Albany - Gov. Andrew M. Cuomo and legislative leaders on Tuesday announced that they had reached an agreement to raise taxes on New York State’s wealthiest residents as part of a deal to overhaul the tax rates.
The leaders, seeking simultaneously to make the state’s income tax system more progressive and to increase tax collections during a down economy, announced their agreement as lawmakers began to arrive at the Capitol for an expected special session of the Legislature later this week.
The tentative agreement would not only raise taxes for the wealthy, but also cut taxes for the middle class, by creating four new tax brackets and tax rates. The officials said the tax rate changes would generate $1.9 billion in annual revenue for the state.
“This would be lowest tax rate for middle class families in 58 years,” Mr. Cuomo said in a statement. “This job-creating economic plan defies the political gridlock that has paralyzed Washington and shows that we can make government work for the people of this state once again.”
The state’s current income tax rates are relatively flat, taxing any individuals who earn $20,000 or more, as well as couples who earn $40,000 or more and file joint tax returns, at the same 6.85 percent rate.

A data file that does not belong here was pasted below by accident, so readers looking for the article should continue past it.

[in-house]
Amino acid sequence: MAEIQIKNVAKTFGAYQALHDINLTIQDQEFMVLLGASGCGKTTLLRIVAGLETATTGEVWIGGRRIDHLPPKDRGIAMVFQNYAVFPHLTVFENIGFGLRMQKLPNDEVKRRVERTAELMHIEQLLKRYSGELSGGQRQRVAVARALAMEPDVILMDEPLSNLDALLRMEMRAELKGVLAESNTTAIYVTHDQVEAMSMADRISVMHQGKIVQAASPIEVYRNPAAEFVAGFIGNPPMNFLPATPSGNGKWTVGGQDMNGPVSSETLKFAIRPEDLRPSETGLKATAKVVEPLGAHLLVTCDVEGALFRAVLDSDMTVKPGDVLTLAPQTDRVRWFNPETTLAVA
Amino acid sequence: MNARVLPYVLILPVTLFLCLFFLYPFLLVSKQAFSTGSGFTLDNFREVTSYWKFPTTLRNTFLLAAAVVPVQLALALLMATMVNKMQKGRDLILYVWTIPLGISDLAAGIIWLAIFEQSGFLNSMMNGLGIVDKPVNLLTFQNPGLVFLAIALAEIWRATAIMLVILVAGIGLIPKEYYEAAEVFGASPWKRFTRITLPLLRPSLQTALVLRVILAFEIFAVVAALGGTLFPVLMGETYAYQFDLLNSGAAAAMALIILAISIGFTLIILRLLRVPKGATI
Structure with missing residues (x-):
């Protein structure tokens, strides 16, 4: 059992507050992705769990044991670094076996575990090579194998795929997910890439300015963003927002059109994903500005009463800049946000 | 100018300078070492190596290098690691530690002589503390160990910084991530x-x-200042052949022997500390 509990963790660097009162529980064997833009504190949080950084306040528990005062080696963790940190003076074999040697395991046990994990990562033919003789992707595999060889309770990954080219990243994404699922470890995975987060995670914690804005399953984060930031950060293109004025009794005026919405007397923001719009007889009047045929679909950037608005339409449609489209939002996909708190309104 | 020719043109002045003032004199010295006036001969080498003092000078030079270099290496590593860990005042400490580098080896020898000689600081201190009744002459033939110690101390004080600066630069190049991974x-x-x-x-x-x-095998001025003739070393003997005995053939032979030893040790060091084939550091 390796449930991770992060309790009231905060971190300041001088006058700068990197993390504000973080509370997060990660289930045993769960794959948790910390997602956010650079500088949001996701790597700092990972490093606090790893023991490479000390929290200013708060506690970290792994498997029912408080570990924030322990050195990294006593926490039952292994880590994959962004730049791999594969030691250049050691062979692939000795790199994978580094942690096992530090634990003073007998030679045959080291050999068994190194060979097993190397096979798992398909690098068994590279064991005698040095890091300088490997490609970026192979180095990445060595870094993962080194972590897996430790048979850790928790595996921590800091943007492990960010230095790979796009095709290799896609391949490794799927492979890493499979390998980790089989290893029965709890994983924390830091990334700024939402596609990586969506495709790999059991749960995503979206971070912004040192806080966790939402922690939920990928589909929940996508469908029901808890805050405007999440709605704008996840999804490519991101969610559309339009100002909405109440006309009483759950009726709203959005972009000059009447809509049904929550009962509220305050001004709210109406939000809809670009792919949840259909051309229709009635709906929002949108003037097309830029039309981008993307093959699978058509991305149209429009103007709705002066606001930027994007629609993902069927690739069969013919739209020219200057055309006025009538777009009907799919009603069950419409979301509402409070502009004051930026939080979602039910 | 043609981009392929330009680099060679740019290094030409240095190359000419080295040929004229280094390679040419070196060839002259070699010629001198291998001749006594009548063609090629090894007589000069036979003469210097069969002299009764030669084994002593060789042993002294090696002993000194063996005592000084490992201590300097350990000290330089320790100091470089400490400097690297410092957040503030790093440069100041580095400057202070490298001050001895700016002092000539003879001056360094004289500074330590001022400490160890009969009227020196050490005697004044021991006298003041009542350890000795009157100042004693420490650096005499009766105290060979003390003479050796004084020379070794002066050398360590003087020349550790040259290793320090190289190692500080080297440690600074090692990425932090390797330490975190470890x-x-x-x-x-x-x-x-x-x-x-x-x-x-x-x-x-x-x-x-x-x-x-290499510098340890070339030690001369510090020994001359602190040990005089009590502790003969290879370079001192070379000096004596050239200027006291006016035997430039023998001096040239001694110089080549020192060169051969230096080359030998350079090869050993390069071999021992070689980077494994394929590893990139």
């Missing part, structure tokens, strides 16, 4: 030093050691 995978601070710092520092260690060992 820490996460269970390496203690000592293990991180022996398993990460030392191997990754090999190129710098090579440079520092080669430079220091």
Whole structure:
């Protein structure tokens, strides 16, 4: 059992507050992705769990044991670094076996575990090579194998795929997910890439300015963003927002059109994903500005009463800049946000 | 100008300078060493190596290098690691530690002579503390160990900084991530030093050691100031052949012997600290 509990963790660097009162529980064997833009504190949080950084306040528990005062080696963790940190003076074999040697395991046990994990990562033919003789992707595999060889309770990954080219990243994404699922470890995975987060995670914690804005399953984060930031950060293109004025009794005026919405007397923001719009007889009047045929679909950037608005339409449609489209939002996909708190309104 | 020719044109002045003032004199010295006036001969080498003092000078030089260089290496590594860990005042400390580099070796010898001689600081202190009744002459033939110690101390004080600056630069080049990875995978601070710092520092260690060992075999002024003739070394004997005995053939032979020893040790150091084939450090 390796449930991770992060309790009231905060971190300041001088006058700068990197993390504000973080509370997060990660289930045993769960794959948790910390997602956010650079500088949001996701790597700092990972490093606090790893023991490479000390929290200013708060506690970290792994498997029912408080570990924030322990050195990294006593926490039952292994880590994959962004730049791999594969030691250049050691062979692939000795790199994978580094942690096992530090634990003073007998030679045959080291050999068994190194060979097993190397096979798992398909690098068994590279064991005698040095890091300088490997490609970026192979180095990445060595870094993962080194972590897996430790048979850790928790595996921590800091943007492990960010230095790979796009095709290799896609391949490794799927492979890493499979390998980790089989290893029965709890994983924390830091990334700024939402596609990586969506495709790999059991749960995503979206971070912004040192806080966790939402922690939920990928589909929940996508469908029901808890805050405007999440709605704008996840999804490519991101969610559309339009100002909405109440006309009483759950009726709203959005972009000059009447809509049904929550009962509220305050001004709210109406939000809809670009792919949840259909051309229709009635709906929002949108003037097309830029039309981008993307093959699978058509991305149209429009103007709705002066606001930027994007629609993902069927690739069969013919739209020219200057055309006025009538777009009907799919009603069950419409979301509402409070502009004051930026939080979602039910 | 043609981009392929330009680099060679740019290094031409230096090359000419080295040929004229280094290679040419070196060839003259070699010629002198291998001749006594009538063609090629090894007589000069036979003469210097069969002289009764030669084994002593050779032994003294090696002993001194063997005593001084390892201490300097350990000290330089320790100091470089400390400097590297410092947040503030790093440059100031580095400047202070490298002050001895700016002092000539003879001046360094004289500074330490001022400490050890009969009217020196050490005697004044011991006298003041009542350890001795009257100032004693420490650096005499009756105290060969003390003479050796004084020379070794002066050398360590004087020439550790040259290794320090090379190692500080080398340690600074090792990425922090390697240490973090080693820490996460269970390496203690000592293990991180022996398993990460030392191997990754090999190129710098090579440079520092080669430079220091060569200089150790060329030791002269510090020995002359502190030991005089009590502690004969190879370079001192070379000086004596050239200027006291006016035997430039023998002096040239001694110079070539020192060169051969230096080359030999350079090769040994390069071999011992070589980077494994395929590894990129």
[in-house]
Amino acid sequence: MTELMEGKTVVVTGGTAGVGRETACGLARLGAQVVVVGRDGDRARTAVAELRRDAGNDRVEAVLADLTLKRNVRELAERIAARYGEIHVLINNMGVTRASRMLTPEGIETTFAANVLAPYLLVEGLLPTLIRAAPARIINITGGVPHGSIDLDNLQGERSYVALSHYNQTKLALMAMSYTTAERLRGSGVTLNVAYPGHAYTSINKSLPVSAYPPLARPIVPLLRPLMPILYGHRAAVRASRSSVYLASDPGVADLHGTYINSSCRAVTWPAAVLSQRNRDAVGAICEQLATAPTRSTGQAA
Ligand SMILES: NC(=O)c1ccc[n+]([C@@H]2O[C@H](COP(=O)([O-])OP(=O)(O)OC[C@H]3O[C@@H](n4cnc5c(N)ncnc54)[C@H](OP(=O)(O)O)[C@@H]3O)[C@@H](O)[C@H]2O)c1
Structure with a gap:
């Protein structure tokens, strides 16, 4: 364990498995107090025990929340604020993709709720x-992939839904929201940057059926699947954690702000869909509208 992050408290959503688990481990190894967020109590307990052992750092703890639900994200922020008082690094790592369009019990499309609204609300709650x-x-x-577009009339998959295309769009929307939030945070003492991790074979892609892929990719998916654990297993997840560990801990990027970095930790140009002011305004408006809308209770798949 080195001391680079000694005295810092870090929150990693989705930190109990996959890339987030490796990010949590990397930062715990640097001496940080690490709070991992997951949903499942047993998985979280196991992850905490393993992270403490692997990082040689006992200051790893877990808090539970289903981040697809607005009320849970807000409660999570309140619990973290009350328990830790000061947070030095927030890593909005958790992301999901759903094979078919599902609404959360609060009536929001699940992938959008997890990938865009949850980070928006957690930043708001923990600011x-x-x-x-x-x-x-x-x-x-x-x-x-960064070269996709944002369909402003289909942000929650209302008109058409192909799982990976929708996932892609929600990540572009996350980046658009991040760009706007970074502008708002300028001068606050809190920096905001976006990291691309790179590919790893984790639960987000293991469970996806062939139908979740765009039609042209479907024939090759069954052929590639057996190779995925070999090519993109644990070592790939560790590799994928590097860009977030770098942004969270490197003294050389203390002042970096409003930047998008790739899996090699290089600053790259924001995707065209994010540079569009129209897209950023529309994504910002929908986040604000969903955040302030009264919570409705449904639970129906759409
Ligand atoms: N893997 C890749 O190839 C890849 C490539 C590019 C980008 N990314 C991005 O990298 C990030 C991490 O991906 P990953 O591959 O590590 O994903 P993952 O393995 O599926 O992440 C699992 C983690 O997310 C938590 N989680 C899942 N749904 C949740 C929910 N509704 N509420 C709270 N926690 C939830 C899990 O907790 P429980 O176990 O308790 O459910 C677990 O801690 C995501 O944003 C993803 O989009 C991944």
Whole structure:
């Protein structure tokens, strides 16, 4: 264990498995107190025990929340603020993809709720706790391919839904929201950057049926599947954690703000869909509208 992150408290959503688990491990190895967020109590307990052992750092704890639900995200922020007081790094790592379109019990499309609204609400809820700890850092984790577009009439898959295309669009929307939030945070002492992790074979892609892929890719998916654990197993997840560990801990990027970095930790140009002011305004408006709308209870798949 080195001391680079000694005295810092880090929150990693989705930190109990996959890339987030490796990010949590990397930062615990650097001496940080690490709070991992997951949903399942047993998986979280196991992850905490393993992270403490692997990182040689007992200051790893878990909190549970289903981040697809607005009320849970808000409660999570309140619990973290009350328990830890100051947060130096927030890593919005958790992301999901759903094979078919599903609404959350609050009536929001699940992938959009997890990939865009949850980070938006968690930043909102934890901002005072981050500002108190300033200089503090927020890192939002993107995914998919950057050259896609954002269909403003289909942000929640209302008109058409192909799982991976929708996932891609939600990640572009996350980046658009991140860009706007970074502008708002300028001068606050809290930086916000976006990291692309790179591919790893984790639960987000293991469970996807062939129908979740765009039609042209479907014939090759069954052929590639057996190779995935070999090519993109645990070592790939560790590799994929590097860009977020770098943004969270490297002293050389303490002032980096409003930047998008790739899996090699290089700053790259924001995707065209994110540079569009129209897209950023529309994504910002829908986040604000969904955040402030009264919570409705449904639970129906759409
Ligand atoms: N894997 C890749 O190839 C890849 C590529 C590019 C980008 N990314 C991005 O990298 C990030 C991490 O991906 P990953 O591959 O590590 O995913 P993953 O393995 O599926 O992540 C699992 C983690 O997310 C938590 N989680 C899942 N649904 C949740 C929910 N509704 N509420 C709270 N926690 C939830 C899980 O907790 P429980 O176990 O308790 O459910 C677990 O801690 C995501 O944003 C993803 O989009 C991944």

For the last three years, individuals who earned more than $200,000 a year, and couples who earned more than $300,000, have also been subjected to a tax surcharge called a “millionaires’ tax.”
Under the proposal announced Tuesday, for married couples filing jointly, income from $40,000 to $150,000 would be taxed at 6.45 percent; from $150,000 to $300,000 at 6.65 percent; from $300,000 to $2 million at 6.85 percent, and over $2 million at 8.82 percent.
Changing the tax rates and brackets would allow the state to replace some, but not all, of the revenue to be lost when the so-called millionaires’ tax expires on Dec. 31.
Any increase in tax rates for the wealthy would mark a reversal for Mr. Cuomo, a Democrat, who ran for governor last year on a platform of opposing tax increases and said that increasing such taxes would hurt the state by motivating wealthy residents to move elsewhere.
But Mr. Cuomo has come under increasing pressure from Democrats and labor unions in recent weeks as the sluggish economy weakened the state’s financial picture, widening next year’s projected state budget gap to as much as $3.5 billion, and as the Occupy Wall Street movement directed more attention to the issue of income inequality.